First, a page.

With Fox Shox having just released it's new 38 long-travel enduro fork, it was always likely that fork arch-rival RockShox would be planning a riposte, mostly like resurrecting the Totem name - but it looks like it's going to be coming soon. SRAM athlete Mitch Ropelato has been teasing something that fits the bill on Instagram, here's what we know.
The original RockShox Totem fork was launched all the way back in 2007 and it was one of the first long travel single crown forks. With 180mm of travel and super fat 40mm diameter stanchions, it was ahead of its time in many ways. However, it was designed mostly as a downhill/freeeride fork - enduro not having been invented - and it was really rather portly, even in the air-sprung variants.
Fast forward to 2020 and 180mm travel is pretty much what most EWS racers are running on their bikes, usually on trails that'd be as, if not more, technical than the downhill tracks of yesteryear. That why we reckoned RockShox would launch such a fork at some point this year - and with Fox having thrown the new 38 into the ring, it was an inevitability. We're pretty confident on the Totem naming too, as they've been busy resurrected other names from the era in recent years; the Pike and Lyrik to name two.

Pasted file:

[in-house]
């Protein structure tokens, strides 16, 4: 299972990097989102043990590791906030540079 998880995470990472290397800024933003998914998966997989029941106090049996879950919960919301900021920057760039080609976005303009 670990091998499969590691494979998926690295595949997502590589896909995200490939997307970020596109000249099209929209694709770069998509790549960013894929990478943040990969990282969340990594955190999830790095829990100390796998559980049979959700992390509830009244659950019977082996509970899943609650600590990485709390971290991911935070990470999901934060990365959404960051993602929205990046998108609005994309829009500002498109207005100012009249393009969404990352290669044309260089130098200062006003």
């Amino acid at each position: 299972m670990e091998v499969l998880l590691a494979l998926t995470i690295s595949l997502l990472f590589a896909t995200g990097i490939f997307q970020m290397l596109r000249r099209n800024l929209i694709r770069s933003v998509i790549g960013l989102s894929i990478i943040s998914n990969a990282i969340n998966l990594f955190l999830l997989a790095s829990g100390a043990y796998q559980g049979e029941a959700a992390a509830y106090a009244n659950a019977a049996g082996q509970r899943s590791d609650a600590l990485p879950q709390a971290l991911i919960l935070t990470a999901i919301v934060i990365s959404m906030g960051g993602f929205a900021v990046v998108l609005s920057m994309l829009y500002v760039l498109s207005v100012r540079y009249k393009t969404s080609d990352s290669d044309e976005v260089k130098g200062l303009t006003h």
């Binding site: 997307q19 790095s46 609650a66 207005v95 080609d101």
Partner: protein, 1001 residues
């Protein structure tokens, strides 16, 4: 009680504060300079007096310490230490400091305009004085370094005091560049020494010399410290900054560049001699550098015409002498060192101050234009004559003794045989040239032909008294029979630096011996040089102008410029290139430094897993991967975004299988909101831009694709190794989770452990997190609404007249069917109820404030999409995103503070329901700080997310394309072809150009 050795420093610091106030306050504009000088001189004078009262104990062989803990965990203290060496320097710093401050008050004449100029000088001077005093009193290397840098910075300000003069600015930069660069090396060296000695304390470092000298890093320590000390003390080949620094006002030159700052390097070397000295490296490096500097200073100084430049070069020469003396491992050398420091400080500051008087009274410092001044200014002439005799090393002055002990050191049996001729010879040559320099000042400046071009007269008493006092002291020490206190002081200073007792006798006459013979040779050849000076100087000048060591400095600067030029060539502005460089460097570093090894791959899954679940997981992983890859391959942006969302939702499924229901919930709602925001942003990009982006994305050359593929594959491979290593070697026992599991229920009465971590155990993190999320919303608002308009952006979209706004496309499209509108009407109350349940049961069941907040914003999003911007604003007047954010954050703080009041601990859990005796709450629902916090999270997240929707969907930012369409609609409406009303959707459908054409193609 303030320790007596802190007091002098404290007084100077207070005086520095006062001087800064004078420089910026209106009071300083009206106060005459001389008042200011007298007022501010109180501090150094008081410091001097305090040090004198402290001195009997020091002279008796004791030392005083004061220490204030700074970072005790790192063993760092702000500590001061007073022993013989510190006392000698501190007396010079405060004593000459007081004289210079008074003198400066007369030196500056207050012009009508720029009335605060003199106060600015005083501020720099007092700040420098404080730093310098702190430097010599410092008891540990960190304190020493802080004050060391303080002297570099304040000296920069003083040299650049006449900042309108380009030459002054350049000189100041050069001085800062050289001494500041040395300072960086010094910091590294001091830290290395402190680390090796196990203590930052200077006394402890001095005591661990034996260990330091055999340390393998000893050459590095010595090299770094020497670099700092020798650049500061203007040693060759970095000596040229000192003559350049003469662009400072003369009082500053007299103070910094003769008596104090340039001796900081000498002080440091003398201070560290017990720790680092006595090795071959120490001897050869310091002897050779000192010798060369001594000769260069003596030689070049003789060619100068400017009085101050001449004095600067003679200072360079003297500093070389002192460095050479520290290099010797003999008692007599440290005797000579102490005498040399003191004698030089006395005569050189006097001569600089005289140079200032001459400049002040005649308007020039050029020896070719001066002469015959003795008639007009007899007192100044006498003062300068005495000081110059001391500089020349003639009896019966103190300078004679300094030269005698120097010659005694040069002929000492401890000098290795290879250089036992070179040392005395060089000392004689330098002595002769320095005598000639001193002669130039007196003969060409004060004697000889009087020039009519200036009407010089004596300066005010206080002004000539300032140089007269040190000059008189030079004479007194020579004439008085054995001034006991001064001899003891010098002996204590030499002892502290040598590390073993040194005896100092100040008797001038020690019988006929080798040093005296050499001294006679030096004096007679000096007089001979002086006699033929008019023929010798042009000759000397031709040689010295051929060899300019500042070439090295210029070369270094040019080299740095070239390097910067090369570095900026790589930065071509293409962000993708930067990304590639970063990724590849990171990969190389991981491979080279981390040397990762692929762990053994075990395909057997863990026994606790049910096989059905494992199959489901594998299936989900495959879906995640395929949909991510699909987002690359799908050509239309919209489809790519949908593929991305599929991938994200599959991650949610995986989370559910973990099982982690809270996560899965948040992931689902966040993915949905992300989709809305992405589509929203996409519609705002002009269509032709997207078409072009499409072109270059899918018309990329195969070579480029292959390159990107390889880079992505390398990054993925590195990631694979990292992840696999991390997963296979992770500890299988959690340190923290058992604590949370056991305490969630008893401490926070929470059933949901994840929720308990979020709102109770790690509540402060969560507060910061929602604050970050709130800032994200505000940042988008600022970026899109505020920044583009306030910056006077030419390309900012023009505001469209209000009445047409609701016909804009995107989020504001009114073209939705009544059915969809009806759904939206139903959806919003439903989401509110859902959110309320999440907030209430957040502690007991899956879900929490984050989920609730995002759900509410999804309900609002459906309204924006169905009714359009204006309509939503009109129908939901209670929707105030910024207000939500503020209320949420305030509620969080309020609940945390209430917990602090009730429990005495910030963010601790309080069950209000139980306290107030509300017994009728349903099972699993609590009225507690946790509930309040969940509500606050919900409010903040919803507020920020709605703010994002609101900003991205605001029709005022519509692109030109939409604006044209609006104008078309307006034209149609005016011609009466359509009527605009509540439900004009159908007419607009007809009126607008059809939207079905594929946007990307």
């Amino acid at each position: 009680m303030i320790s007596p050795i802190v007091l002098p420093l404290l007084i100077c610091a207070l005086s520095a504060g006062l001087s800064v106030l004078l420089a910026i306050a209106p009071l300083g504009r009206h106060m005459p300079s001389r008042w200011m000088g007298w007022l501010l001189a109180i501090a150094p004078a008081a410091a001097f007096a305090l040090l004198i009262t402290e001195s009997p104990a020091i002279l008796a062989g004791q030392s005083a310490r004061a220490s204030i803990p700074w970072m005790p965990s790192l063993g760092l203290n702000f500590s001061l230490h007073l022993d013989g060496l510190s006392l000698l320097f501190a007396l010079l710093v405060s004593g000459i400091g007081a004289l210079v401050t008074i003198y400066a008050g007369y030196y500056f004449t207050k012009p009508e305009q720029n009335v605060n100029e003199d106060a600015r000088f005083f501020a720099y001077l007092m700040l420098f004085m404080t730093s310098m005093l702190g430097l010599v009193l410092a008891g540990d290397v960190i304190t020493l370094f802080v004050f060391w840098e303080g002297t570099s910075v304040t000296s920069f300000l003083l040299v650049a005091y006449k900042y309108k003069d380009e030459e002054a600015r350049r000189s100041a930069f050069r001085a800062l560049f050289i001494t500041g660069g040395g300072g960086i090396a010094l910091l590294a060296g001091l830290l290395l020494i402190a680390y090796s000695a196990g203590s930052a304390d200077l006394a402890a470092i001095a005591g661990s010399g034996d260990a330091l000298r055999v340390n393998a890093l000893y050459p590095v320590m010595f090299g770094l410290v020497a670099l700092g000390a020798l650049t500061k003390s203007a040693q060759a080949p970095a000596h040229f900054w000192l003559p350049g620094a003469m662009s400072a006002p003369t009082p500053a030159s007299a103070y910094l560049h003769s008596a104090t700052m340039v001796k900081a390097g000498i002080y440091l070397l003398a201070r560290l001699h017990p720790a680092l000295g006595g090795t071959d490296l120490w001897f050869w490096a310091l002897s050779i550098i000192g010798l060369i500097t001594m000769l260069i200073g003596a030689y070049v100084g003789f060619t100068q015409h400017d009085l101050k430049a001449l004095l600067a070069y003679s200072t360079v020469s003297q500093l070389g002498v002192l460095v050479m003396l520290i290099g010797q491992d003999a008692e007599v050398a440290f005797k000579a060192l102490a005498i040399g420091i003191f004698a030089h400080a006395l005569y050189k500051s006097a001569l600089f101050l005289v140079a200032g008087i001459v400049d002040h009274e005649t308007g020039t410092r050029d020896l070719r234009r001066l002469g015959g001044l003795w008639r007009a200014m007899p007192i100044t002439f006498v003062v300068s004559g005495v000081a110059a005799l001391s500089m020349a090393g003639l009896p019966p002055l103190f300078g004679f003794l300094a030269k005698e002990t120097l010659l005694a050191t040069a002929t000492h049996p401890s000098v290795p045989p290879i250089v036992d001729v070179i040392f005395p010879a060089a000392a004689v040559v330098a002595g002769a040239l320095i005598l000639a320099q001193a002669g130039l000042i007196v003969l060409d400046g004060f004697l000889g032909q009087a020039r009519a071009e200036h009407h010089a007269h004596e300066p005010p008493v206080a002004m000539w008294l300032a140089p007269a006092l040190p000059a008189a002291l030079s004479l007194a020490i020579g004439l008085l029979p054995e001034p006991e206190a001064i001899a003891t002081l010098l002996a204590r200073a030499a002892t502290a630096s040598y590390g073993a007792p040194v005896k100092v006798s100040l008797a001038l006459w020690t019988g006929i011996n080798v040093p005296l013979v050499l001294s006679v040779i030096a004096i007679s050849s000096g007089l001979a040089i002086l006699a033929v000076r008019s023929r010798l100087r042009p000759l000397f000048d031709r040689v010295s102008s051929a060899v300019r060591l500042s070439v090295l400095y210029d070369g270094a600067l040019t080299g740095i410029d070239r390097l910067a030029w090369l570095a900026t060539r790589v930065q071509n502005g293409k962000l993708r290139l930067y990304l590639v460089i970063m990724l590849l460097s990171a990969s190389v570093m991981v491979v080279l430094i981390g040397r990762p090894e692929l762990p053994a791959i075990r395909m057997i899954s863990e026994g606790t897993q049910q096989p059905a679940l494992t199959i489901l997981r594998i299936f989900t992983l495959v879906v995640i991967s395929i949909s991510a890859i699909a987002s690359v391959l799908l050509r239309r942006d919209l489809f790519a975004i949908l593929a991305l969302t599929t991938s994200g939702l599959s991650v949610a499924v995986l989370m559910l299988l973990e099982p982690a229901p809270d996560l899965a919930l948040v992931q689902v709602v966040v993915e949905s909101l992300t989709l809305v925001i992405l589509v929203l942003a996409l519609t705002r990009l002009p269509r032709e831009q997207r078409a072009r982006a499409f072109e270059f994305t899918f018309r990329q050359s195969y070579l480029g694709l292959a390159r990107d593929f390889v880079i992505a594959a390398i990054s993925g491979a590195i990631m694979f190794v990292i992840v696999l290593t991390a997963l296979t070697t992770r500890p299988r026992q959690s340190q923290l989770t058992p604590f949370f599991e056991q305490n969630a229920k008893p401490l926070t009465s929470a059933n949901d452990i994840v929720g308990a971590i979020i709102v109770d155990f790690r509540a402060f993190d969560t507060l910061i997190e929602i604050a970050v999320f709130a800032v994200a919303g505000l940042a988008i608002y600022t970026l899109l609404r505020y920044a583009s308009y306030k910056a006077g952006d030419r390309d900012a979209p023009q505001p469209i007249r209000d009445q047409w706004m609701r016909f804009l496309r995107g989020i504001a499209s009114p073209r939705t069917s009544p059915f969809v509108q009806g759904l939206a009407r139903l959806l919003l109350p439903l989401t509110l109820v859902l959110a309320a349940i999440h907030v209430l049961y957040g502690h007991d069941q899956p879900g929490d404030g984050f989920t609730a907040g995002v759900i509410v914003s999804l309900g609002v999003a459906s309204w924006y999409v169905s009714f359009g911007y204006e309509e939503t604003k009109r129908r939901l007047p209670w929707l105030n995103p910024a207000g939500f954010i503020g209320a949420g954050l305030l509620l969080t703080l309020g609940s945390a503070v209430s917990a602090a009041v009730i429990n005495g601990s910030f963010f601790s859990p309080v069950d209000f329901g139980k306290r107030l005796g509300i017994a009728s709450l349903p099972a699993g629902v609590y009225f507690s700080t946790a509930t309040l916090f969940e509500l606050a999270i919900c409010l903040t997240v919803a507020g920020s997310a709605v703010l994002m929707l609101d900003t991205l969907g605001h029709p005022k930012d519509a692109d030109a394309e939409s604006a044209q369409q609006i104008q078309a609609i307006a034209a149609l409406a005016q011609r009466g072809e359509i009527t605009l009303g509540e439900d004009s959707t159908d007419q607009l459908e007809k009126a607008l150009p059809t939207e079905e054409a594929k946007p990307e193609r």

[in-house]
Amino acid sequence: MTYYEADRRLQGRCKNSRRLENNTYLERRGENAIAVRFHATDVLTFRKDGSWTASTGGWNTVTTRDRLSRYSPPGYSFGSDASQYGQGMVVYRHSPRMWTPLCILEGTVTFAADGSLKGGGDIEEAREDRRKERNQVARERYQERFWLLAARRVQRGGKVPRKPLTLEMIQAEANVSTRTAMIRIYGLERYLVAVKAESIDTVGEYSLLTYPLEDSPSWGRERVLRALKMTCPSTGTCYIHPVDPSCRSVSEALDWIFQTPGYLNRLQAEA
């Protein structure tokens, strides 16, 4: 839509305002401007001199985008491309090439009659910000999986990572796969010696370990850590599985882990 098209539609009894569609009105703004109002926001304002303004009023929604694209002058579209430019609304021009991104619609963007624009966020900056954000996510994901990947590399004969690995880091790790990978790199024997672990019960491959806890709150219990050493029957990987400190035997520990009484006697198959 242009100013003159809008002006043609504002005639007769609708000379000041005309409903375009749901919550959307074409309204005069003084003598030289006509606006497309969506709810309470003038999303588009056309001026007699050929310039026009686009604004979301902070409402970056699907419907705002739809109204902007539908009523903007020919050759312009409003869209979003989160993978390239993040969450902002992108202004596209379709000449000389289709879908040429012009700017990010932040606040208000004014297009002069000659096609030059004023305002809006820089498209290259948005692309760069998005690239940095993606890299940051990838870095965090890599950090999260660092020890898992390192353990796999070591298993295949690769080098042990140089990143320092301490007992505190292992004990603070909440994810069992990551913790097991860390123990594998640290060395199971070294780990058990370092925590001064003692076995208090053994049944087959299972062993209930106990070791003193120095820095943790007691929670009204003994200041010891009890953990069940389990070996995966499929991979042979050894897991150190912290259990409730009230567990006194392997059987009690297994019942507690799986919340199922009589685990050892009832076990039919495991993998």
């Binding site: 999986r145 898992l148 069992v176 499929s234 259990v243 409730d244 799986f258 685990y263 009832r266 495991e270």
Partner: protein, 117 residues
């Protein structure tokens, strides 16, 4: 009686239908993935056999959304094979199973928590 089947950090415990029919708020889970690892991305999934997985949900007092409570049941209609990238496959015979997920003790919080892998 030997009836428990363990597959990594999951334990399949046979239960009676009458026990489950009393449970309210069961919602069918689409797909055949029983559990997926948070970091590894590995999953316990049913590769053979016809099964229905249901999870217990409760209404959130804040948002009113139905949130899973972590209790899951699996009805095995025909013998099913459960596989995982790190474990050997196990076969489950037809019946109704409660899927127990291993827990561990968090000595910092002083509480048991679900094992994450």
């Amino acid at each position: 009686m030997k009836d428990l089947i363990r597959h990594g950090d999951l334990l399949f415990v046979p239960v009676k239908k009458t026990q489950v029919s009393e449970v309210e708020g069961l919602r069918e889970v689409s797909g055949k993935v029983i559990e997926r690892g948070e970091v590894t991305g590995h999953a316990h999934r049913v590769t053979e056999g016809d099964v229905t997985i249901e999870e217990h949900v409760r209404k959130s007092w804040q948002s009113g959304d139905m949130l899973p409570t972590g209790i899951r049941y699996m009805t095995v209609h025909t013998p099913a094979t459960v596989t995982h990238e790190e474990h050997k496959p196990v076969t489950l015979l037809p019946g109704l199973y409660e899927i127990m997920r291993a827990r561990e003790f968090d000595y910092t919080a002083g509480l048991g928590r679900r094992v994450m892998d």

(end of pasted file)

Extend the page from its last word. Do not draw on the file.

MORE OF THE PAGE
Anyway, on to the Instagram picture - it doesn't give us much to work on, but it doesn't look like it's hugely bigger than the current 35mm chassis of a Lyrik, though it could well be a bit beefier. If you can confirm whether Mitch has great big massive bear paws or little tiny hand-lets, then let us know in the comments. Travel looks around the right 170mm-ish mark though.
The fork in the shot is marked up with RockShox' Blackbox sticker, so either way it's something not yet for the general public. The lower casting looks pretty distinct from any other forks in the range at the moment, with a very angular brace. Blackbox products are things given to specific athletes to trial and test but if a proper fork casting has been made then this must be pretty much a final design; the moulds are extremely expensive, so they aren't made on a whim to trial some rough ideas so the lowers will be pretty much final.
Of course, the chassis is just one factor - we've no idea whether it'd use the current top-line Charger 2.1 damper, a modified version or something all new. The same goes for the air spring - or possibly even the coil.
Either way, we'll be keeping our eyes and ears open and we'll update this story as we know more - and you can check out Mitch's post here.
You might also like: